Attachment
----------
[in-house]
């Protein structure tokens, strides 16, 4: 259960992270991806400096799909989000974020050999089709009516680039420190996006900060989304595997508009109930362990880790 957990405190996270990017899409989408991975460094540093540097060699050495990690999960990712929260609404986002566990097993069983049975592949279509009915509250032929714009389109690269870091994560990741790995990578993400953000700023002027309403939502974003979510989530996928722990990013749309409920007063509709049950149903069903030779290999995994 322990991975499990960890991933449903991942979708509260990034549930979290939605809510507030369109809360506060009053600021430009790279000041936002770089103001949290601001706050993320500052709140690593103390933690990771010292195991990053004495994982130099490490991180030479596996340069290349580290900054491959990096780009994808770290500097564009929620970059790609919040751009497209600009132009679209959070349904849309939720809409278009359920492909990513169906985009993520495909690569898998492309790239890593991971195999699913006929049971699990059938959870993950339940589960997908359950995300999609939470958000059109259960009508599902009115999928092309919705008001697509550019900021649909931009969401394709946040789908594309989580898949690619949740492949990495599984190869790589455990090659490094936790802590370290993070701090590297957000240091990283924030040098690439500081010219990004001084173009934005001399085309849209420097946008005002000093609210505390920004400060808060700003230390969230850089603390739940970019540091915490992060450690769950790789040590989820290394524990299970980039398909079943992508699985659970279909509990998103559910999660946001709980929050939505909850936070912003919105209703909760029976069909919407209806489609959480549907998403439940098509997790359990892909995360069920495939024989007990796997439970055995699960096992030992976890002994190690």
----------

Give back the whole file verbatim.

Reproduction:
[in-house]
């Protein structure tokens, strides 16, 4: 259960992270991806400096799909989000974020050999089709009516680039420190996006900060989304595997508009109930362990880790 957990405190996270990017899409989408991975460094540093540097060699050495990690999960990712929260609404986002566990097993069983049975592949279509009915509250032929714009389109690269870091994560990741790995990578993400953000700023002027309403939502974003979510989530996928722990990013749309409920007063509709049950149903069903030779290999995994 322990991975499990960890991933449903991942979708509260990034549930979290939605809510507030369109809360506060009053600021430009790279000041936002770089103001949290601001706050993320500052709140690593103390933690990771010292195991990053004495994982130099490490991180030479596996340069290349580290900054491959990096780009994808770290500097564009929620970059790609919040751009497209600009132009679209959070349904849309939720809409278009359920492909990513169906985009993520495909690569898998492309790239890593991971195999699913006929049971699990059938959870993950339940589960997908359950995300999609939470958000059109259960009508599902009115999928092309919705008001697509550019900021649909931009969401394709946040789908594309989580898949690619949740492949990495599984190869790589455990090659490094936790802590370290993070701090590297957000240091990283924030040098690439500081010219990004001084173009934005001399085309849209420097946008005002000093609210505390920004400060808060700003230390969230850089603390739940970019540091915490992060450690769950790789040590989820290394524990299970980039398909079943992508699985659970279909509990998103559910999660946001709980929050939505909850936070912003919105209703909760029976069909919407209806489609959480549907998403439940098509997790359990892909995360069920495939024989007990796997439970055995699960096992030992976890002994190690």